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Key Losses: Courtney Bartholomew (41 NCAA points, 4 relays)
Key Additions: Morgan Hill (MD — sprint free), Madeline Vonderhaar (KY — breast)
The Cavalier women were already the cream of the ACC crop before Coach Augie Busch took the reins, and they continue to hold steady under his guidance. They won their 9th-straight ACC championship, then placed 5th at NCAA champs for the second year in a row. There, then-junior Leah Smith won the 500 and 1650 freestyles, and then-senior Courtney Bartholomew took two 2nd place finishes. Smith went on to win a gold medal as part of the USA 4×200 free relay team in Rio, and also earned a bronze medal in the 400 free individually.
The Cavaliers will miss Bartholomew, both individually and on relays, and they don’t have anyone coming in who projects to make a huge immediate impact, but they’re bringing back enough of their core to have a solid shot at defending their placing from last year.
SPRINT FREE: B
Here, Virginia provides a great example of the whole being greater than the sum of its parts. Last season the Cavaliers failed to score any points at NCAA’s in the sprint freestyle events, but they were the only team in the A-final of the 200 free relay at NCAA’s who didn’t have anyone make the top 16 in the individual 50 free. They also managed to get into the B-final of the 400 free relay at NCAA’s, and they had four women score in the 100 free at ACC’s, all of whom will be returning.
Then-junior Ellen Thomas was barely a tenth out of the B-final in the 100 free at NCAA’s, and had the fastest split on team at NCAA’s. The Cavaliers return all four legs of their 10th place 400 free relay, and only lost Bartholomew from their 200 free relay. Incoming freshman Morgan Hill (22.7/49.07) should pick up some points at ACC’s and be able to fill in for Bartholomew on the shorter free relays.
DISTANCE FREE: A+
Smith cemented her place as the best distance swimmer in the NCAA last year by winning the 500 and 1650 freestyles for the second year in a row. Unfortunately, she will be hard-pressed to defend her titles against an incoming freshman who happened to be the most decorated female swimmer at the 2016 Olympics, Stanford’s Katie Ledecky.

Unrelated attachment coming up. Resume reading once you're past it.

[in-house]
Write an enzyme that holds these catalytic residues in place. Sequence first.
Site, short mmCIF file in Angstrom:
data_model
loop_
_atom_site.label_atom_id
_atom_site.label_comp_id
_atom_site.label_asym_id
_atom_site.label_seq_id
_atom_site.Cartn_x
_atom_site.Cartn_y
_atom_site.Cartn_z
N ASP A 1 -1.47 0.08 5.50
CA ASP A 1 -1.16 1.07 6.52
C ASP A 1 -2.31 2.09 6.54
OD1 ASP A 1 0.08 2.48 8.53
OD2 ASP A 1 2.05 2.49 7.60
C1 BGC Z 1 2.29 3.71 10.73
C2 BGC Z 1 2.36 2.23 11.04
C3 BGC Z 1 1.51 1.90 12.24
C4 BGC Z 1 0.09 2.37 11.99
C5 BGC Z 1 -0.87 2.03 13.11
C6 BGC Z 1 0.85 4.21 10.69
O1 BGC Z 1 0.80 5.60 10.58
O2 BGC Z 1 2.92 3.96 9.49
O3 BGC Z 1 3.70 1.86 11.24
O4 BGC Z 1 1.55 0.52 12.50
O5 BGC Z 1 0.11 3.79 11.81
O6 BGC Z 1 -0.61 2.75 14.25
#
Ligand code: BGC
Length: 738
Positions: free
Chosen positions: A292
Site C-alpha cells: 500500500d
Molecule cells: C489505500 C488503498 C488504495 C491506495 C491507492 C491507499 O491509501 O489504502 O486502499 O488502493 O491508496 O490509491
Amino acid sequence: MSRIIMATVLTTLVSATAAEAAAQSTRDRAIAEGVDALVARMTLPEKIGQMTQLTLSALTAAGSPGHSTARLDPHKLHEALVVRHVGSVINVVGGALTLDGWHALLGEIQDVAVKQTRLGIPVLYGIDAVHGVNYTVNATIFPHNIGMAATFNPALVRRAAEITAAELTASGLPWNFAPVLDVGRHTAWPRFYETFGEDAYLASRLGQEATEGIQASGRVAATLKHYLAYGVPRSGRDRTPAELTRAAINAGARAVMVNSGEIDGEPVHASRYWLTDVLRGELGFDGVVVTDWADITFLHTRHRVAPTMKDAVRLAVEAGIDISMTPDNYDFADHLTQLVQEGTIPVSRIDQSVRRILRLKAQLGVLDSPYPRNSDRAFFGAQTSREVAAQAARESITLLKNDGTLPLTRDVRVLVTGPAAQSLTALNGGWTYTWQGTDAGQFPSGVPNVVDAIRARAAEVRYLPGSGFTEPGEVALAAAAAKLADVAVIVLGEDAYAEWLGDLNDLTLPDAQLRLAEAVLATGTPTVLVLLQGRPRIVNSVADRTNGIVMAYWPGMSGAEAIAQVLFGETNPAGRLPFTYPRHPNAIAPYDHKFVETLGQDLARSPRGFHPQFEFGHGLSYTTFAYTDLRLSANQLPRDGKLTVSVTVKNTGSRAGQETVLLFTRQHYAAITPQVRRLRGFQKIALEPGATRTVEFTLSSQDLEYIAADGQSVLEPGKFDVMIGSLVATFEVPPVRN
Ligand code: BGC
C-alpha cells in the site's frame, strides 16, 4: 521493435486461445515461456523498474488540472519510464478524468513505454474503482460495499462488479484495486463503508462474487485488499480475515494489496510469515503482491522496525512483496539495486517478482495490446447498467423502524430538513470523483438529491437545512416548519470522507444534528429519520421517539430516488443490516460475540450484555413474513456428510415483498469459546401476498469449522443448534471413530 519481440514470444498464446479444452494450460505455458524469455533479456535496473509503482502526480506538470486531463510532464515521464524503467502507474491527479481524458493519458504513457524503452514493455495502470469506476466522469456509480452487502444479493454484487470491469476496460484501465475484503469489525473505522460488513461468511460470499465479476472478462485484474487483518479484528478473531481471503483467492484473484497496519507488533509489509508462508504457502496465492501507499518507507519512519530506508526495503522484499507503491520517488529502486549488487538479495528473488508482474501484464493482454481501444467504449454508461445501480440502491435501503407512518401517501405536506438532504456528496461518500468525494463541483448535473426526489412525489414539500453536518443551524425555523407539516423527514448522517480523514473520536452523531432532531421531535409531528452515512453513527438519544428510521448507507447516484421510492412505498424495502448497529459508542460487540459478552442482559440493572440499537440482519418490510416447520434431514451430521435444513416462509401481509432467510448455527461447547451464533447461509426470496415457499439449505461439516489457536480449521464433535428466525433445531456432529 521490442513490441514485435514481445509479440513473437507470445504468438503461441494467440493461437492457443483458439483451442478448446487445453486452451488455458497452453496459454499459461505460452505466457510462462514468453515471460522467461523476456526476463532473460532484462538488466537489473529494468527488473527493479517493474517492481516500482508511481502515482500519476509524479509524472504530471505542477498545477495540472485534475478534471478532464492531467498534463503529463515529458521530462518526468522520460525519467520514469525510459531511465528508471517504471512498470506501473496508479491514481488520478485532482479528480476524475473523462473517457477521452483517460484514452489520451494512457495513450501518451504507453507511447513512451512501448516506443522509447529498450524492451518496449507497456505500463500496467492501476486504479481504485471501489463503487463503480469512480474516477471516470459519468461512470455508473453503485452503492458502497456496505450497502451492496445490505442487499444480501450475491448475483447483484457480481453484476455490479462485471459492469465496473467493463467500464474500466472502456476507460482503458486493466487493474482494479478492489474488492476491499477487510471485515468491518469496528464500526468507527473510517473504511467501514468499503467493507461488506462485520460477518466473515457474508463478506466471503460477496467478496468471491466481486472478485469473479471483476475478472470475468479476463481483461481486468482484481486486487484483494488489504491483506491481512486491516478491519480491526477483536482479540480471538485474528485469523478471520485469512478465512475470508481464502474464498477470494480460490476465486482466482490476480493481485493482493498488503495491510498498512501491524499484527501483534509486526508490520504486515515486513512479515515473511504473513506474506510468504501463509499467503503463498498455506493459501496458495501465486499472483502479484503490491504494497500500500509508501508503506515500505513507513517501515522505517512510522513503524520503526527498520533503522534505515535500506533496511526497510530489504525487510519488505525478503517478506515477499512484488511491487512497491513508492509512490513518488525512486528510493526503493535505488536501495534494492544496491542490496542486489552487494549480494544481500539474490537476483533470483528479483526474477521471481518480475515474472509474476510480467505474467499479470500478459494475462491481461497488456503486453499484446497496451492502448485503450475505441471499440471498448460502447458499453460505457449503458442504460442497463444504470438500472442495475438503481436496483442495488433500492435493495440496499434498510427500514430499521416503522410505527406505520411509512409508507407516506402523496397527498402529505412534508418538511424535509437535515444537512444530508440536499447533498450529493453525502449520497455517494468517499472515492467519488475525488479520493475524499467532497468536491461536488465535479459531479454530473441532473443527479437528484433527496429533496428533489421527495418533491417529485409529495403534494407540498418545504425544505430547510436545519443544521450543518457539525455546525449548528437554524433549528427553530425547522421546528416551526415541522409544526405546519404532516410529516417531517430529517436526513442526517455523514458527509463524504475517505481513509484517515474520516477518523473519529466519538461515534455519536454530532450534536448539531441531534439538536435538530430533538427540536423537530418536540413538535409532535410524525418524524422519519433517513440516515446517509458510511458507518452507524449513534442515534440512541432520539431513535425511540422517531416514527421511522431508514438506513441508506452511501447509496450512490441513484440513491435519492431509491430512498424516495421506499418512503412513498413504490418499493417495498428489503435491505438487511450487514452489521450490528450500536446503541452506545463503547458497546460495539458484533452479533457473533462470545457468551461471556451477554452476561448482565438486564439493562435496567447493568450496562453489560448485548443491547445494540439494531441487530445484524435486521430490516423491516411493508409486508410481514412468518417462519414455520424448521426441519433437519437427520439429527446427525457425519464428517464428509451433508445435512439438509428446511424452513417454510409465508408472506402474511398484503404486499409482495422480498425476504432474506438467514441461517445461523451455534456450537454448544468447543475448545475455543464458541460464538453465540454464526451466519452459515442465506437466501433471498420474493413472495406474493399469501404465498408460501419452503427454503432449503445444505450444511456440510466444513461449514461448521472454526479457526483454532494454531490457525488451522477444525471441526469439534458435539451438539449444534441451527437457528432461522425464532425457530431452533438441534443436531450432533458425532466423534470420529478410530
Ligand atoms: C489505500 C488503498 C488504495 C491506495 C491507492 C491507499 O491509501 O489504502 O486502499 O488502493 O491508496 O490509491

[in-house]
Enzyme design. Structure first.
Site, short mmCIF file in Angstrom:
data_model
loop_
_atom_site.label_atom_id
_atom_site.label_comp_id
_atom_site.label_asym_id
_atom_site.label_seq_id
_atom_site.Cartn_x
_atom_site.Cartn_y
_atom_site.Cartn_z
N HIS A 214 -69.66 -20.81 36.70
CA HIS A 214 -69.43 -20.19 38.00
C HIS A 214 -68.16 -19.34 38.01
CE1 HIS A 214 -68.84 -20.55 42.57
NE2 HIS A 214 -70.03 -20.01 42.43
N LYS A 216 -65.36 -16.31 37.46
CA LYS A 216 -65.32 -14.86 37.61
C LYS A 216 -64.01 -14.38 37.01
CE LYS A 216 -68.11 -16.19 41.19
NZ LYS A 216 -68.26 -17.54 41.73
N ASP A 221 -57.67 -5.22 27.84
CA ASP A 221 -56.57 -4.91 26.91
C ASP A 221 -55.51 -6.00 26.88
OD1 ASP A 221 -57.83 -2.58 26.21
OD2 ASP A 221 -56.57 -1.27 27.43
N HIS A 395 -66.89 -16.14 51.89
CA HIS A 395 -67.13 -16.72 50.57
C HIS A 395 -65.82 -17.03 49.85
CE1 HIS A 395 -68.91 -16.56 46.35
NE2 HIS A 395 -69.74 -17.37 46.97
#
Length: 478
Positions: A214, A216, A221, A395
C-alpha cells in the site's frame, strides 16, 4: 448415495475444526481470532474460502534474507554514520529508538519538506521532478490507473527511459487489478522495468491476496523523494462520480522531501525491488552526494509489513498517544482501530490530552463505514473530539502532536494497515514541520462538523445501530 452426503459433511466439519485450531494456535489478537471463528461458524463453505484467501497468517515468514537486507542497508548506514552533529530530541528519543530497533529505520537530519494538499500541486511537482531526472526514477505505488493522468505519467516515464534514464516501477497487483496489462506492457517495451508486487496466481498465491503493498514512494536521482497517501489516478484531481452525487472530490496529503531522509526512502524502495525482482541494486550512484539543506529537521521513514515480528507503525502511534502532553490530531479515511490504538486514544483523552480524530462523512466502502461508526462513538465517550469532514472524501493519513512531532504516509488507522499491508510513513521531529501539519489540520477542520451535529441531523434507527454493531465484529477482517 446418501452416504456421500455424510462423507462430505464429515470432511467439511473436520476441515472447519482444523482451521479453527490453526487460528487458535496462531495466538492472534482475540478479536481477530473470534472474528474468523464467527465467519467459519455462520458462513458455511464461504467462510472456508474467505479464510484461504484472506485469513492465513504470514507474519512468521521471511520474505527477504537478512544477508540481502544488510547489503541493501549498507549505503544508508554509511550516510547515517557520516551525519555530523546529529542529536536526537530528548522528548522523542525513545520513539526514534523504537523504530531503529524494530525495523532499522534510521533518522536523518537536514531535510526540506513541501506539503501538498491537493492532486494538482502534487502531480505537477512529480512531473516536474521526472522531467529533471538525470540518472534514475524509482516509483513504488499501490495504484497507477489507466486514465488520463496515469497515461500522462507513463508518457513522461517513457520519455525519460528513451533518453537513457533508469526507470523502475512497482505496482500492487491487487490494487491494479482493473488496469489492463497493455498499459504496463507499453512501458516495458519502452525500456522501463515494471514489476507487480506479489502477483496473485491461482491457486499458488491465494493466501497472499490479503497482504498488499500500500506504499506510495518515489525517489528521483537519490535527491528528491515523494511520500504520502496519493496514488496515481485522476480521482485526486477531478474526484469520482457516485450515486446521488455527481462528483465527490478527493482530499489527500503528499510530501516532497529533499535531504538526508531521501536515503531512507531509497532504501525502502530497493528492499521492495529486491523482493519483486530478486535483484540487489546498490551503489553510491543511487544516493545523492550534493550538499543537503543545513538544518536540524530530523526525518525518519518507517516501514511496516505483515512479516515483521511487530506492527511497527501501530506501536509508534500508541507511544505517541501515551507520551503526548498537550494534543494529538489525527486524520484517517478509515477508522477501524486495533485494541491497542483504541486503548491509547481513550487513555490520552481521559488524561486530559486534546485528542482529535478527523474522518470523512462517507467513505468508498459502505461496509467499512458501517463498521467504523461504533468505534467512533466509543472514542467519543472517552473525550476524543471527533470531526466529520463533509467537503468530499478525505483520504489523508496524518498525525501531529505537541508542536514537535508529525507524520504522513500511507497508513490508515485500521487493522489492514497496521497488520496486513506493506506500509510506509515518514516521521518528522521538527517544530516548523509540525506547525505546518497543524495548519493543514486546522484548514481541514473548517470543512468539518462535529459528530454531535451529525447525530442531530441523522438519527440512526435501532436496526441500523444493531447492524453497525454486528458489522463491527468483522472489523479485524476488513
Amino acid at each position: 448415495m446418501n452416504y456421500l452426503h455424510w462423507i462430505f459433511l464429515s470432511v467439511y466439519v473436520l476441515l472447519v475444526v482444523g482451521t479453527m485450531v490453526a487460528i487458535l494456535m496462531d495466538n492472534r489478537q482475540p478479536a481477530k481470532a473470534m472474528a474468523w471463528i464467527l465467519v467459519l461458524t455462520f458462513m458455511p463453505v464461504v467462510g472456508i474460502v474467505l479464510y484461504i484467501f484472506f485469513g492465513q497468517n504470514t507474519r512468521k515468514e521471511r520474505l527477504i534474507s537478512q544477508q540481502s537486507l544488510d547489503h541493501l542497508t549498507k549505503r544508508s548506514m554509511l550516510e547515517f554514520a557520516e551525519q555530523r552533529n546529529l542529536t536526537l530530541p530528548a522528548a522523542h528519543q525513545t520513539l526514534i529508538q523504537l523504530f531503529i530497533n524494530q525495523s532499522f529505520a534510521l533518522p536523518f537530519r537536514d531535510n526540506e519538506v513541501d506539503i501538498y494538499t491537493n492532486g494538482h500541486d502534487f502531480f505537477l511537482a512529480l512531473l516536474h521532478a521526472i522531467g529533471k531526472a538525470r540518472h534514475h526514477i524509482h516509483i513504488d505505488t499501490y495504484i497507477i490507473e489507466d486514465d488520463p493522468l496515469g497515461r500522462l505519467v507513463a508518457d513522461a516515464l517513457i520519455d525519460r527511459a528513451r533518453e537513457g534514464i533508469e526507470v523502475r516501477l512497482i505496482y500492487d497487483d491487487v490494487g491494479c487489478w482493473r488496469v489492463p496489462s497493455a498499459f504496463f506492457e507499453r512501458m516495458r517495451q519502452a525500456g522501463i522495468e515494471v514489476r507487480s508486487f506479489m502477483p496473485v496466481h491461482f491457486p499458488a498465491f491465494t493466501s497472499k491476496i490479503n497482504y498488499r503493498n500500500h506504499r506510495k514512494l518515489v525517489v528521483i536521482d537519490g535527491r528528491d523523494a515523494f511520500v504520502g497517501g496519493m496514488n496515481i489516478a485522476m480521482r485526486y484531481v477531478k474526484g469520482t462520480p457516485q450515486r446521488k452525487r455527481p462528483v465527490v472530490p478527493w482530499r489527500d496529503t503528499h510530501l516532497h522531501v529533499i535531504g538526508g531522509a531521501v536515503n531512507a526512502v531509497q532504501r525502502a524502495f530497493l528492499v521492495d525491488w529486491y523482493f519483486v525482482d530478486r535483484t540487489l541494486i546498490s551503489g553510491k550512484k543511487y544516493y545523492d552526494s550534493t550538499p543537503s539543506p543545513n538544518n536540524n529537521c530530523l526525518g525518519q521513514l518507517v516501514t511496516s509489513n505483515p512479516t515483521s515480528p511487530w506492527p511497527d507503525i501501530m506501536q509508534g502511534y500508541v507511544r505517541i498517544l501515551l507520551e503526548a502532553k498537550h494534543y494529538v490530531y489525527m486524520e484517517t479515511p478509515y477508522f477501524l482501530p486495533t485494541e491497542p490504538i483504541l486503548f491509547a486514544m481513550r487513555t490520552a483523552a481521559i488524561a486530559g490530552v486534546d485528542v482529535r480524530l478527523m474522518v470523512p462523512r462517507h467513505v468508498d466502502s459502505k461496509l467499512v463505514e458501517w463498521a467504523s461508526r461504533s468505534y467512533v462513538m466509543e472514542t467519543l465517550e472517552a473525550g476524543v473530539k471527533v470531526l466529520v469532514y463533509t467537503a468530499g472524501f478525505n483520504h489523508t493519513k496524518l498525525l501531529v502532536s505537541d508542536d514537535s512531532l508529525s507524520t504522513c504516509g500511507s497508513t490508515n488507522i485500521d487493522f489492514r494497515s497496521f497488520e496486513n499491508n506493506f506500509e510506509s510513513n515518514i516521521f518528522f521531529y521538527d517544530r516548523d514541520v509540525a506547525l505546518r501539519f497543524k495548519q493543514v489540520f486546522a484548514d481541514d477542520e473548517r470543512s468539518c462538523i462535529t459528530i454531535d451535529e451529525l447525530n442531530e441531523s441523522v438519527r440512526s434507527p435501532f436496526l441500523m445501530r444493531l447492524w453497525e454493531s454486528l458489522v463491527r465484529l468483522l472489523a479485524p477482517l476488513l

Behind Smith, three Cavaliers return who scored in the 500 at ACC’s, and at least one of them, perhaps sophomore Megan Moroney, should be capable of pulling in some points at NCAA’s as well.
To top it off, the Cavaliers still have all four legs of the 4×200 relay that won ACCs in a school and conference record, then dropped over four seconds at NCAAs to place 4th.
Senior Kaitlyn Jones leads a relatively strong IM squad that has the potential to score major points at both the conference and national level. Last year, Jones took first at ACC’s in the 400 IM, then added over six seconds a month later to fade to 33rd at the national championships. She did essentially the same thing in 2015. If the Cavs can figure out how to get Jones to swim the same speed at NCAA’s as at ACC’s, she’d be a lock for the A-final. As a sophomore last year, Jen Marrkand placed 9th at ACC’s, and essentially repeated her time to finish just a few spots out of the B-final at NCAA’s. Both swimmers made the A-final at ACC’s in the 200 IM, while Vivian Tafuto and Laua Simon picked up a few points in the C-final.